Basically, cicheterie have a drool worthy spread of various first courses and fishy dishes like stuffed octopus, calamari salad, baccalà and polenta, baccalà mantecato (a puree of cod), baked mussels, scallops, pine nut and raisin laced sardines…the list is making me hungry just re-hashing it.
Do you have any favorite nibbles and sips from Venice? Share! 🙂
Until next time,
Want some restaurant and general travel advice for visiting Venice? Perhaps tips for a culinary tour in Venice? Contact me.
Do you know how to pick out fish from the market? Do you even buy fish?
I was recently sitting around the dinner table with friends and we were discussing fish and how asian cultures fight over who gets to eat the fish eyes and camp out at their local fish monger to get 1st dibs on the fish heads. And we also discussed about how ones Sicilian grandma used to know a good fish by how its liver felt or how its eyes were glazed. And how now his mom (his grandmothers daughter) can just barely pick out the freshest whole fish, having lost that knowledge from her mother on how to judge a fish by its gallbladder.
Being American, I was fascinated by this discussion. Most of us go to the shop to buy filets. Or frozen breaded packaged stuff. If we even eat the stuff at all. As much as I love food and want to deepen my relationship with it by gardening and cooking from scratch, fish intimidates me. As I suspect for most people. The only fish I know how to prepare well is salmon, and that’s because it is from my culture being from the Pacific Northwest where salmon defines our culinary identity.
My mom taught me how to buy salmon whole. How to cook it, skin it and de-bone it. This is a small beginning to American gastronomic heritage. This is what I fear we are loosing, all over the world. Gastronomic heritage.
I don’t know how to shop for good fish, and there should not be a manual. This post is not a series of top ten tips or even the 7 things you must know about fresh fish. What I think people need to do is to talk to people. Talk to your grandma or grandpa. Meet your fish monger. Find the nearest fishing terminal/port. Get to know your favorite restaurant staff. Hell, even talk to the barman at your local fisherman’s pub. These things in gastronomic heritage are things we must pass down by story telling. We must pass down through our relationships, not with some sterile blog who the author behind it you will never meet. Make a fish bake date with your grandparents or someone elses. Even if you don’t like fish, it’s probably a good idea to hang out for dinner with your Nan.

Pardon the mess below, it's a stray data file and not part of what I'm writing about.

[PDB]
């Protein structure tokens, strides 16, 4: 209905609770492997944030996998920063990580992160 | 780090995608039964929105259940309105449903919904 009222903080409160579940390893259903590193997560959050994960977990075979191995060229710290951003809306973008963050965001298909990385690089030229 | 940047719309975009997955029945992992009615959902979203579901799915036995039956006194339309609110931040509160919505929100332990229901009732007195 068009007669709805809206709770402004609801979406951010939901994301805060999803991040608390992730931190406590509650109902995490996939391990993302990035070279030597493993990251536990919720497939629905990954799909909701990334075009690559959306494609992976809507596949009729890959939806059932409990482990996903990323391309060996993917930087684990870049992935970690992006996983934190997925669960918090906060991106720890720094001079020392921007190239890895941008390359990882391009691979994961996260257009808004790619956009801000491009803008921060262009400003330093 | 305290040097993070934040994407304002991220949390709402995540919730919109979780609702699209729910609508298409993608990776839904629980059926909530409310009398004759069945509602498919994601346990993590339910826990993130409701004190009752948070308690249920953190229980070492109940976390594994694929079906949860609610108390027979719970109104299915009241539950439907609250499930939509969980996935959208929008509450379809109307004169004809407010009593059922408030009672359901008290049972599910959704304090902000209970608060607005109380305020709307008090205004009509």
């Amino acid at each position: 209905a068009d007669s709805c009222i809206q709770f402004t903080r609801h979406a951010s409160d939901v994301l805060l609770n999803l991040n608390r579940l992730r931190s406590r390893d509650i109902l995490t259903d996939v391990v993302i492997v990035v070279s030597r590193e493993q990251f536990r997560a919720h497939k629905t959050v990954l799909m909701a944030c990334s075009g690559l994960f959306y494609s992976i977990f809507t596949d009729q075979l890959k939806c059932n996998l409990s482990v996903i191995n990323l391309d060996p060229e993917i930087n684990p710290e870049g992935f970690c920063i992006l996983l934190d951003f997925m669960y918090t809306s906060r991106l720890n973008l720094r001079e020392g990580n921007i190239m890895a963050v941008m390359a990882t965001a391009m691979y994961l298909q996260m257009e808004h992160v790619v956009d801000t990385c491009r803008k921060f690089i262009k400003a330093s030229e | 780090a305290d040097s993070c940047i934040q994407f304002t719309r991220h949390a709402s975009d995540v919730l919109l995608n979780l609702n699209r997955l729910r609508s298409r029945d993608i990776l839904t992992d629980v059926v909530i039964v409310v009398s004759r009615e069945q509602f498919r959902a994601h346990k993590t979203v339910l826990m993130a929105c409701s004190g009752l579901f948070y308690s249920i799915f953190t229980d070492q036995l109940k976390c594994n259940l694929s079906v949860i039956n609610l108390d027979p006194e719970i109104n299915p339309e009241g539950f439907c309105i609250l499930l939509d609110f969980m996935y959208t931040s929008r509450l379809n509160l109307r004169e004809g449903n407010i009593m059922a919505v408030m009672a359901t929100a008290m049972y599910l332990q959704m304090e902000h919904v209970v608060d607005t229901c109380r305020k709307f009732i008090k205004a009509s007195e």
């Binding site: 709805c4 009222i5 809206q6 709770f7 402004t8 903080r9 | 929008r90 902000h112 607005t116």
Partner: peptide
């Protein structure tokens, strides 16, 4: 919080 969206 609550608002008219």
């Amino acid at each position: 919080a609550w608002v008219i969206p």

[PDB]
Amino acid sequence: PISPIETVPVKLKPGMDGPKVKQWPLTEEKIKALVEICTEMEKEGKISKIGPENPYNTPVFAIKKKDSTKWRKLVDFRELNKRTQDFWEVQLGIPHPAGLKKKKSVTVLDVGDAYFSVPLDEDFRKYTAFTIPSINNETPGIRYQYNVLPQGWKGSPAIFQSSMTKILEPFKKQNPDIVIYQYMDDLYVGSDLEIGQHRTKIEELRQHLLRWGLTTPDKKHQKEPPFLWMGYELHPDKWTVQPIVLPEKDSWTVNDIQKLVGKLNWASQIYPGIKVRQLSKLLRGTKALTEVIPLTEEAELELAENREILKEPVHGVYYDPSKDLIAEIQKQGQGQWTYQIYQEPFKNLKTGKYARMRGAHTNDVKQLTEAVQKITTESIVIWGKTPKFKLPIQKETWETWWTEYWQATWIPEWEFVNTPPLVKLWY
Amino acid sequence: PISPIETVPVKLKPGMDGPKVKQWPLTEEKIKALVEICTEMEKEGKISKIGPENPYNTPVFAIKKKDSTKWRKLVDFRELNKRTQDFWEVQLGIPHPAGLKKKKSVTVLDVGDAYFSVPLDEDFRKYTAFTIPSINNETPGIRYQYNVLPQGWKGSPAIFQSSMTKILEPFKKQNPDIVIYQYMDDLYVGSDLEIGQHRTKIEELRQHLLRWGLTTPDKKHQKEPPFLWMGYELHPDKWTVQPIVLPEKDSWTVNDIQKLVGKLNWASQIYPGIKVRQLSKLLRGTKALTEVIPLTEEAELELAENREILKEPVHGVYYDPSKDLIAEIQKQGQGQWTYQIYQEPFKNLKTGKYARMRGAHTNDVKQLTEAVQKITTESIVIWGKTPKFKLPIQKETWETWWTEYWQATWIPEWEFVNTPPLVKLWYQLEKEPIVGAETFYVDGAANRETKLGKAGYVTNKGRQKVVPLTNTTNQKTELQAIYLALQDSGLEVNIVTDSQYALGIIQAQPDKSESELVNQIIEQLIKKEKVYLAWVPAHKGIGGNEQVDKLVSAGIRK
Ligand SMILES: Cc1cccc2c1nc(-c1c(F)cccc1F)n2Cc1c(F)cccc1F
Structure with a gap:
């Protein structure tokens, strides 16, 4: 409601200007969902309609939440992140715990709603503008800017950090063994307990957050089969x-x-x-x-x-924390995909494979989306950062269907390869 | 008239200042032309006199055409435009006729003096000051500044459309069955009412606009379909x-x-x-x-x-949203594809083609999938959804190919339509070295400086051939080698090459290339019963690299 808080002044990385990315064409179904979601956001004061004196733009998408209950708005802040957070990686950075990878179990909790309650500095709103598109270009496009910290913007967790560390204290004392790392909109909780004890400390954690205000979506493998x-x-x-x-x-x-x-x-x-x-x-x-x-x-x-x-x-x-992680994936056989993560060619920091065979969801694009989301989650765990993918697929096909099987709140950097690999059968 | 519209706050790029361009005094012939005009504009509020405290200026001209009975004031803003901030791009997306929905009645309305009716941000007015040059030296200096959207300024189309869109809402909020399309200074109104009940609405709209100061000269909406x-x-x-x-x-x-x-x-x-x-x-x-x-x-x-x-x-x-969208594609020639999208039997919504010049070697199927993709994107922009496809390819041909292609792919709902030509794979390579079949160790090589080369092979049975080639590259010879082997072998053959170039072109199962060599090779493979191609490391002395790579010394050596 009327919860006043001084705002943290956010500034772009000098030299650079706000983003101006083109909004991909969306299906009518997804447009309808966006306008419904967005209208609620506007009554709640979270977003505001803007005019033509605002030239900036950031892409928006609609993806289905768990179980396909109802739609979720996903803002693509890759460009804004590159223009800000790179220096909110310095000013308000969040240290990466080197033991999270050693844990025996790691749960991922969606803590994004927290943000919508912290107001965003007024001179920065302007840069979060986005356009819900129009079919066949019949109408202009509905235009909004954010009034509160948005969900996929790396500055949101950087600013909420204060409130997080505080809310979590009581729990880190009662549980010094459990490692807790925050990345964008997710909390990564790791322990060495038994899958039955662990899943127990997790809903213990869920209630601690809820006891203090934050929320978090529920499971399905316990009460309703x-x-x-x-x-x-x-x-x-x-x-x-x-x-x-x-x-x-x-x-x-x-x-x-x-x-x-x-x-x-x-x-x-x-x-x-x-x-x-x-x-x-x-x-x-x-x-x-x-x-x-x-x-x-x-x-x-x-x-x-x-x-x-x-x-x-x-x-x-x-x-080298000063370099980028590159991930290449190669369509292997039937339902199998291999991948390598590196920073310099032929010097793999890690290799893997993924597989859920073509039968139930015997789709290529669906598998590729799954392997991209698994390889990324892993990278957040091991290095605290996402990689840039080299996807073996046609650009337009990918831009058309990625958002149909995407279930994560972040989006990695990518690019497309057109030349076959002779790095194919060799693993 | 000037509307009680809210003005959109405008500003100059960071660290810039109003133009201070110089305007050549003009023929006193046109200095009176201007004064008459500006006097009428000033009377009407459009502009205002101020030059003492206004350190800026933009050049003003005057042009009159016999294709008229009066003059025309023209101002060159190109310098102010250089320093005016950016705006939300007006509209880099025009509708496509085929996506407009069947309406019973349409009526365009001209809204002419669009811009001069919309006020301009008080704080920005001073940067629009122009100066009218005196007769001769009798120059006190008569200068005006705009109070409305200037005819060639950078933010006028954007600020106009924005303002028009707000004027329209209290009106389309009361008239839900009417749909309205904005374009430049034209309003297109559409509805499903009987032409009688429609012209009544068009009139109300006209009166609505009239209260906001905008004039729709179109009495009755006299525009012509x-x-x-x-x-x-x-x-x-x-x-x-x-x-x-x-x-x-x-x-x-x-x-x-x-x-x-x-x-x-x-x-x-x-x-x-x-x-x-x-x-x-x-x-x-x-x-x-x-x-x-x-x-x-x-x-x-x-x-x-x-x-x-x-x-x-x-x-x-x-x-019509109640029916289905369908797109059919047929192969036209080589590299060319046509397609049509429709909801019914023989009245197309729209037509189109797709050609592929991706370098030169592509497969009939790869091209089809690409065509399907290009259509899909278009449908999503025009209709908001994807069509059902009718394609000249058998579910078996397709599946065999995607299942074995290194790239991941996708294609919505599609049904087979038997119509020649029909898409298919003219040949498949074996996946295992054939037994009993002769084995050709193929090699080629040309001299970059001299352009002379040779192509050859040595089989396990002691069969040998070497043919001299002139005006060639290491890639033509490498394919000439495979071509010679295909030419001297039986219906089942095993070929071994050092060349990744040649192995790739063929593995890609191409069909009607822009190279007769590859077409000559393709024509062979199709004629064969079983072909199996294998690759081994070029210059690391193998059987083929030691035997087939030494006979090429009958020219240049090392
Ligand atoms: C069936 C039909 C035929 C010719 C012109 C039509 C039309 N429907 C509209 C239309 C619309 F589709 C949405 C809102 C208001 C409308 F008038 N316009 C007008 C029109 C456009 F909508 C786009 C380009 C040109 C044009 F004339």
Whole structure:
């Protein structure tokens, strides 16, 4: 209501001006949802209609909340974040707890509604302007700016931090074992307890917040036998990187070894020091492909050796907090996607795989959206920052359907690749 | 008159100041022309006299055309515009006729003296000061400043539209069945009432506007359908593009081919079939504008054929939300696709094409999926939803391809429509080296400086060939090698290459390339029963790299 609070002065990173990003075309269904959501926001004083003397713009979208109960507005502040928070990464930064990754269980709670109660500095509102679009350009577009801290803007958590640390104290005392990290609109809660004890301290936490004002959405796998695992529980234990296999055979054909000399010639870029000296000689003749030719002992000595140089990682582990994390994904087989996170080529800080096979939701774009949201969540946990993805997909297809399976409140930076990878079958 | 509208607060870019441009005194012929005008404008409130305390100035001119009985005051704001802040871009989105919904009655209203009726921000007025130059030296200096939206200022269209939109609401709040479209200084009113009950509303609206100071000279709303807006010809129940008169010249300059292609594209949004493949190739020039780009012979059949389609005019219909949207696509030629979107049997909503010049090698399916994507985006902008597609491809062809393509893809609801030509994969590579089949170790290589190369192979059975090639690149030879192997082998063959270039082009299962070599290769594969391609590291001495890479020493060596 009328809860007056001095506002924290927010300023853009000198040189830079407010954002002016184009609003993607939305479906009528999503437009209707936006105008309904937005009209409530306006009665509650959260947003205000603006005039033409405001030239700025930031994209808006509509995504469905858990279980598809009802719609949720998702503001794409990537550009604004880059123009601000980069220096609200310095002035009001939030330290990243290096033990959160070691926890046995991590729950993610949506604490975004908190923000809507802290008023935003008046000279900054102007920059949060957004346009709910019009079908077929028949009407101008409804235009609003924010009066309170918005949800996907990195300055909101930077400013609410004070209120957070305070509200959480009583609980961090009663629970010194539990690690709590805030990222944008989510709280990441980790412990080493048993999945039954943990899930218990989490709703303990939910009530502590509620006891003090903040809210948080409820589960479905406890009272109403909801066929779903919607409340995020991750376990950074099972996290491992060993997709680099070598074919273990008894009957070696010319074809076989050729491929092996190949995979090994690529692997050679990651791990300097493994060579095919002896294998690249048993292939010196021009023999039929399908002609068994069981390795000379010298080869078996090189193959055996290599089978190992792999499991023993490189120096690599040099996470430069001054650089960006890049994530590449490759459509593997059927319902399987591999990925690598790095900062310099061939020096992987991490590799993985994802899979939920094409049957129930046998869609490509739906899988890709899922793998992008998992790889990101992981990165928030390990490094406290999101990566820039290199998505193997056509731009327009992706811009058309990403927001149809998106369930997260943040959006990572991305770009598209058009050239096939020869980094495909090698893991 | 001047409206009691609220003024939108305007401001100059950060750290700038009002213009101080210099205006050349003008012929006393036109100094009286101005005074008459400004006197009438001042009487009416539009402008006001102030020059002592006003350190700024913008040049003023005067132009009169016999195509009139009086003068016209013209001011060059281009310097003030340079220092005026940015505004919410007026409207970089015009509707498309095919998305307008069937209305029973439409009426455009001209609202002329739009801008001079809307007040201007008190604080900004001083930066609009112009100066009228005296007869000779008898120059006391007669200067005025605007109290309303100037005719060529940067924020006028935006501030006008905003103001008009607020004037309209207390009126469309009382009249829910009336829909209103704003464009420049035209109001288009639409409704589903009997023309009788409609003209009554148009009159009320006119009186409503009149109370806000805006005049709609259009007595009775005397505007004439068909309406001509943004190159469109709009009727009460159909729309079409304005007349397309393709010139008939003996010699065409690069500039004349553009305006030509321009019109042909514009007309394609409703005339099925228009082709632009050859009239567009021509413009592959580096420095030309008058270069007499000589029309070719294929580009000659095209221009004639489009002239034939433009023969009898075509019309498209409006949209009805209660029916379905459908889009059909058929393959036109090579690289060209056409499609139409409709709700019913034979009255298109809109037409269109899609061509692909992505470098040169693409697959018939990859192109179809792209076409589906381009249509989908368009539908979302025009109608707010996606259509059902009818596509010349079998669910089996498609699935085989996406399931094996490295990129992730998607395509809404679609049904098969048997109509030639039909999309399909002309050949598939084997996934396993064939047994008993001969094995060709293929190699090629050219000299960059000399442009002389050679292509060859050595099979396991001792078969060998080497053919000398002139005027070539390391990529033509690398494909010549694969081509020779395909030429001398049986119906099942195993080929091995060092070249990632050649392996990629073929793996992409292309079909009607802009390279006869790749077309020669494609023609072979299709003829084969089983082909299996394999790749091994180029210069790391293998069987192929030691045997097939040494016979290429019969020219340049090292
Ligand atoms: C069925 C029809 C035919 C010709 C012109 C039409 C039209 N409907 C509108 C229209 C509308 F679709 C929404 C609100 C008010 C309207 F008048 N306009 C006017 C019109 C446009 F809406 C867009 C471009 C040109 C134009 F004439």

Also, I think it is important to understand how much fish are at risk. Fish are at pathetic populations, swimming in polluted seas. You must also understand how farmed fish is not the answer, at least industrial chemically farmed fish. I sometimes can’t believe how people put things in their mouths without understanding the whole story behind it, or at least part of it.
These are a few great resources about fish and fishermen.
L’assassinio del mare by Michele Santoro (For those who speak Italian)
Whatever you do, just at least to try to have a 15 minute conversation about your family gastronomic heritage. Just 15 minutes.
With all of my best,